2021 Canadian Olympic Swimming Trials
- June 19 – June 23, 2021
- Toronto, Ontario
- Toronto Pan Am Sport Centre
- Long Course Meters (50m)
- Olympic Qualifying Event
- Swimming Canada Olympic Selection Criteria
- Meet Package
- Psych Sheets
- Live results
The Canadian Olympic Trials will take place this week in Toronto, Canada, and will be the last chance for swimmers to qualify for the Tokyo Games.
One of the 6 swimmers who have been pre-selected for the team, Markus Thormeyer, spoke with the media in a pre-Trials press conference to discuss how he has maintained his focus over the past year. Canadian Olympic Trials was originally scheduled to take place from March 30 to April 5, 2020, and on March 13th, 2020 it was announced that the meet would either be postponed or canceled to an unspecified date later in the year. Weeks later Canada announced that it would not be attending an Olympic Games in 2020.
When the Tokyo Olympics were pushed to 2021, Canadian Trials were pushed to April 7-11 of 2021, then later switched to a two-meet format on May 24-28 and June 21-23 and were finally scheduled to take place this week from June 19 – June 23, 2021.
Thormeyer was asked if it was frustrating to deal with the continued scheduling and re-scheduling of the meet.
“Now that Trials is finally happening it’s really exciting right now. Obviously, it’s a little frustrating when you are training towards something and the plan changes but it’s not like that was unexpected. And then the Olympics were postponed so it was kind of just like roll with the punches, anything can happen, do your best to be ready on whatever day.”
“Luckily they were pushed back well enough in advance that we hadn’t actually started fully preparing so we kind of just continued to train. We just trained for a very long time.”
Training for such a long amount of time without competing internationally is very mentally tough, said Thormeyer. He explained that the prospect of racing at an Olympic Trials meet without racing at a long course meet in 15 months could potentially be very stressful for anyone.
He went on to say, however, that within those 15 months he managed to continue on with good training which allows him to head into Trials feeling good and ready to compete.
Training-wise he says that they were lucky to have not experienced any cases of COVID-19 cases within the High-Performance training group in Vancouver, British Columbia where he trains. That has allowed training to stay consistent while following COVID-19 protocols.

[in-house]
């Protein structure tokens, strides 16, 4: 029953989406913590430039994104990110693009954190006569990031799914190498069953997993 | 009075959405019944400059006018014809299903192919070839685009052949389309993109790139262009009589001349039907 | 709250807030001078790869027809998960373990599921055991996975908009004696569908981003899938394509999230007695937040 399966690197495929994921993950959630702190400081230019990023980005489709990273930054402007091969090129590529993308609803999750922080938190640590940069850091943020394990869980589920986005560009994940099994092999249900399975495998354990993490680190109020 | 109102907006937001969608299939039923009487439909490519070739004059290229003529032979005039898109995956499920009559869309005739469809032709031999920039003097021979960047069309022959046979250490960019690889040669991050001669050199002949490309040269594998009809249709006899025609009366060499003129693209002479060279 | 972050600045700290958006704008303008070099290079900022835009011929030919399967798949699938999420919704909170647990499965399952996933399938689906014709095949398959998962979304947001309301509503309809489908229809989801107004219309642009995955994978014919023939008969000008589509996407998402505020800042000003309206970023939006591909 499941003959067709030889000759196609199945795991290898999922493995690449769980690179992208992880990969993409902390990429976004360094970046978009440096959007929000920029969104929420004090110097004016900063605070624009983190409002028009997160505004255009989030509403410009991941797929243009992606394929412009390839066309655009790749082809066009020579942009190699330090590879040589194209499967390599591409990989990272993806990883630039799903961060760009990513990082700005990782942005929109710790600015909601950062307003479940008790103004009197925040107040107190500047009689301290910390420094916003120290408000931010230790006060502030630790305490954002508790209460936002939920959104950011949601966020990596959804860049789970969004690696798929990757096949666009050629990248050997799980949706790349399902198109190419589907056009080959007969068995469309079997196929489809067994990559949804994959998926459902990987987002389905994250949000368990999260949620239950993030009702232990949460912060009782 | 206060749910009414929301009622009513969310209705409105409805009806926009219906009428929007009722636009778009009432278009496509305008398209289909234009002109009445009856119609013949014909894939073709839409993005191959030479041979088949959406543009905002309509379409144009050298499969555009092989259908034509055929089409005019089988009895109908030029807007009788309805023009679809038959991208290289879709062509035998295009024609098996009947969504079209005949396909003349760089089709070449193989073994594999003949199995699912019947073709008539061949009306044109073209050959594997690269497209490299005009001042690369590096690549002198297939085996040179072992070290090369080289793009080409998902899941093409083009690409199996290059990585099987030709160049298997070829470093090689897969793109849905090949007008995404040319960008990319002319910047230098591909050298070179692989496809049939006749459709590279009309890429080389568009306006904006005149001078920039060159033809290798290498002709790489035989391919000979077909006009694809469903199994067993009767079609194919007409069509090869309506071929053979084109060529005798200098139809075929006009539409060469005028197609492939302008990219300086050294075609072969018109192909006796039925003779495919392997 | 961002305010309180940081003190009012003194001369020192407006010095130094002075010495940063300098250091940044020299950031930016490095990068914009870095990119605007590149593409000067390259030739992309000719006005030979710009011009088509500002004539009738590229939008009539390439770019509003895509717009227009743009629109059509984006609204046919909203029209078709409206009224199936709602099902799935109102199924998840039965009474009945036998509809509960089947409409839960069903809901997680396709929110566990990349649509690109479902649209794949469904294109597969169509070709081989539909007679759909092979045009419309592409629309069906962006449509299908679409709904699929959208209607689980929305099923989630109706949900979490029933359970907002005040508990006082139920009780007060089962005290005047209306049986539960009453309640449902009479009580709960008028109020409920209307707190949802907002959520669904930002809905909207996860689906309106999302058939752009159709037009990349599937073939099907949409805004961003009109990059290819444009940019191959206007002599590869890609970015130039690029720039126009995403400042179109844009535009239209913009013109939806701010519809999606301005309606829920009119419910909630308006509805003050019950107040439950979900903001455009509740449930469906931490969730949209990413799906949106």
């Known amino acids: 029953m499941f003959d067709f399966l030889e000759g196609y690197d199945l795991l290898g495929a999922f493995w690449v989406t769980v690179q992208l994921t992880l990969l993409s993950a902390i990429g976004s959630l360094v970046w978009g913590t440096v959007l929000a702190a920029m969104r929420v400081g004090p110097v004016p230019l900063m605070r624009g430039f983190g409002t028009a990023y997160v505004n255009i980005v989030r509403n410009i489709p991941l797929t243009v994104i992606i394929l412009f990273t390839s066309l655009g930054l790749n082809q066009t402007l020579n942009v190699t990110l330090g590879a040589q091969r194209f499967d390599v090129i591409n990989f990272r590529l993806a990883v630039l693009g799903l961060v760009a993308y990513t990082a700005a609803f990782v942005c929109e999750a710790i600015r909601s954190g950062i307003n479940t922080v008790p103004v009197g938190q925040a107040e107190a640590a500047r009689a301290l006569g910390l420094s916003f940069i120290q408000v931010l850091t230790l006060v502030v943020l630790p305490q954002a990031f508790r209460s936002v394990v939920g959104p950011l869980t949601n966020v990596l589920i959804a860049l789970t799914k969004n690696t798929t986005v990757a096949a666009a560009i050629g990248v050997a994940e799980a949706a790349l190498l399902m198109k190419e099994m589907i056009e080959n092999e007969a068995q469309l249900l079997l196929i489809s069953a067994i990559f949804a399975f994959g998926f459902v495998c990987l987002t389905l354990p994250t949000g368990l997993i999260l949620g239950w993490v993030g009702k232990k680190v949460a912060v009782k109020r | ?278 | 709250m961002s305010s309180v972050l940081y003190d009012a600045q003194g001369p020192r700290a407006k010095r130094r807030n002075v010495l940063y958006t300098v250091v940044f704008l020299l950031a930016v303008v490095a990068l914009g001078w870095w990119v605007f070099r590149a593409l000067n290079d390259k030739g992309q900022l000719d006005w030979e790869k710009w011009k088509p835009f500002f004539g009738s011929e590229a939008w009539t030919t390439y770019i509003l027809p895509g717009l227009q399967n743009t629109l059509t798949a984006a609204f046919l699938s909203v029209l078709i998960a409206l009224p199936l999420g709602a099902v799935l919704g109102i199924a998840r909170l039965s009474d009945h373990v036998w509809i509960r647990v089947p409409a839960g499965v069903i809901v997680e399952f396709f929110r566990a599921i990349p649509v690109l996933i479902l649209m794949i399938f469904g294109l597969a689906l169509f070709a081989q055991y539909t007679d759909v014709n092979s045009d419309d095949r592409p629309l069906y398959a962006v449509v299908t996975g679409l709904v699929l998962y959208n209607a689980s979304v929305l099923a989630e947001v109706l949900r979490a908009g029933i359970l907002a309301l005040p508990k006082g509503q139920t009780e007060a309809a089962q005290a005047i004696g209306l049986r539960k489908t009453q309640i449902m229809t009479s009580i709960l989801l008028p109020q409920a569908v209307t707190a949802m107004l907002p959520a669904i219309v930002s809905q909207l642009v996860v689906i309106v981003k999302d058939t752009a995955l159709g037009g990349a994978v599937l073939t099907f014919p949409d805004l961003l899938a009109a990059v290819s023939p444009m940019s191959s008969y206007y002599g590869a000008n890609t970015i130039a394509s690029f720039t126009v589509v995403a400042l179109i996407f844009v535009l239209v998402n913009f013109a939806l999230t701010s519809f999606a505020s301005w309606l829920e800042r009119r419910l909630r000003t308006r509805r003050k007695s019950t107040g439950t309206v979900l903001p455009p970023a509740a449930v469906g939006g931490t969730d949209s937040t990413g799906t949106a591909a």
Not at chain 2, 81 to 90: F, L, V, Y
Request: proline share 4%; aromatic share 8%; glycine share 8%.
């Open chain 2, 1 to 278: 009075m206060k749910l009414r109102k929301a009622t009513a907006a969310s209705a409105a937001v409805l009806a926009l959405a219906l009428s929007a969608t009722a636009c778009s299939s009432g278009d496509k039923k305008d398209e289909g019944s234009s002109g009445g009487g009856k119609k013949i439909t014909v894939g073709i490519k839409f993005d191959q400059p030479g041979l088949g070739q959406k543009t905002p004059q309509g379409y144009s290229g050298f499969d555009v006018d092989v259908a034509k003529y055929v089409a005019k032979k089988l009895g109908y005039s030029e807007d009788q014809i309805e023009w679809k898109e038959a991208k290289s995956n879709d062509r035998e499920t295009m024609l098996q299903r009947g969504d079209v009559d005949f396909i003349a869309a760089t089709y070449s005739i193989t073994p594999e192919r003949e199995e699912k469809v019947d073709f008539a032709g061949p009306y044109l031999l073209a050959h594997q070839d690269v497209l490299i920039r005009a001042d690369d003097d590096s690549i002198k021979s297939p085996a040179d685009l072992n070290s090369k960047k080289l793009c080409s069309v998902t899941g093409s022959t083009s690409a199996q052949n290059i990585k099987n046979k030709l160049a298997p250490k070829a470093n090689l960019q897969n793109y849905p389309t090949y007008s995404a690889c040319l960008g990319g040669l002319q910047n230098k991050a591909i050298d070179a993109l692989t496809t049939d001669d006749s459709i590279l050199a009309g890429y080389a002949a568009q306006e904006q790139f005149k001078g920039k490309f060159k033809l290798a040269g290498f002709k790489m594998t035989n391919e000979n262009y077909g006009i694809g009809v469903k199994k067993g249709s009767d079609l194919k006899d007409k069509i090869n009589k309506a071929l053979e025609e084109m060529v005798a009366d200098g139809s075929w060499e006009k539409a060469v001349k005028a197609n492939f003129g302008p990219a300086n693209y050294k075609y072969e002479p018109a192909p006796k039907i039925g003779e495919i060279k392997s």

During the press conference, Thormeyer also discussed the impact of having a growing number of junior swimmers seeing improvements as Trials approaches.
“It’s pretty exciting to watch,” said the Olympic backstroker. “This is kind of what it was like for the senior swimmers when I was up-and-coming so it’s really exciting to see the next generation of swimmers break my age group records. Or just be faster than I was as a kid because then it’s like ‘oh I can’t wait to see what you do when you’re my age and stuff.
“It’s kind of inspiring and it pushes me” he continued. “I don’t want to be beaten by some younger swimmer. Also, it’s really exciting to watch them swim fast because I do want to see them swim fast because it’s just really good for the future of swimming in Canada and I really want to see Swimming Canada develop further and reinforce our state as a powerhouse in international swimming.”
Thormeyer is set to race 3 events this week in Toronto and is entered as the top seed and Canadian record holder in the 100 (53.35) and 200 (1:56.96) backstrokes. Thormeyer has already qualified to race the 200 backstroke in Tokyo and will be looking to add the 100 to his Olympic program. One of those younger swimmers he mentioned in the press conference is Cole Pratt who is entered right behind Thormeyer in both backstrokes with a 53.81 in the 100 and a 1:57.96 in the 200.
Thormeyer’s 3rd event in the 100 freestyle in which he holds the second seed with a 48.71 behind 2012 Olympic silver medalist Brent Hayden‘s 48.47. A few weeks ago Thormeyer, Hayden, Yuri Kisil, and Josh Liendo qualified for the men’s 100 freestyle relay for the 2021 Olympic Games so spots will be up for grabs in the event both individually and for the relay.
2016 Olympian and member of that qualifying relay Yuri Kisil shared some thoughts of the race saying at first that he wasn’t sure if they would be able to step up and earn that qualification. He explained, however, that once Brent Hayden opened it up with such speed, they were all fired up, ready to race, and able to throw down a time that surprised them all.
Kisil said that the swim was a definite confidence boost heading into the meet even though they will all still to pull off another quick swim individually in order to make the team.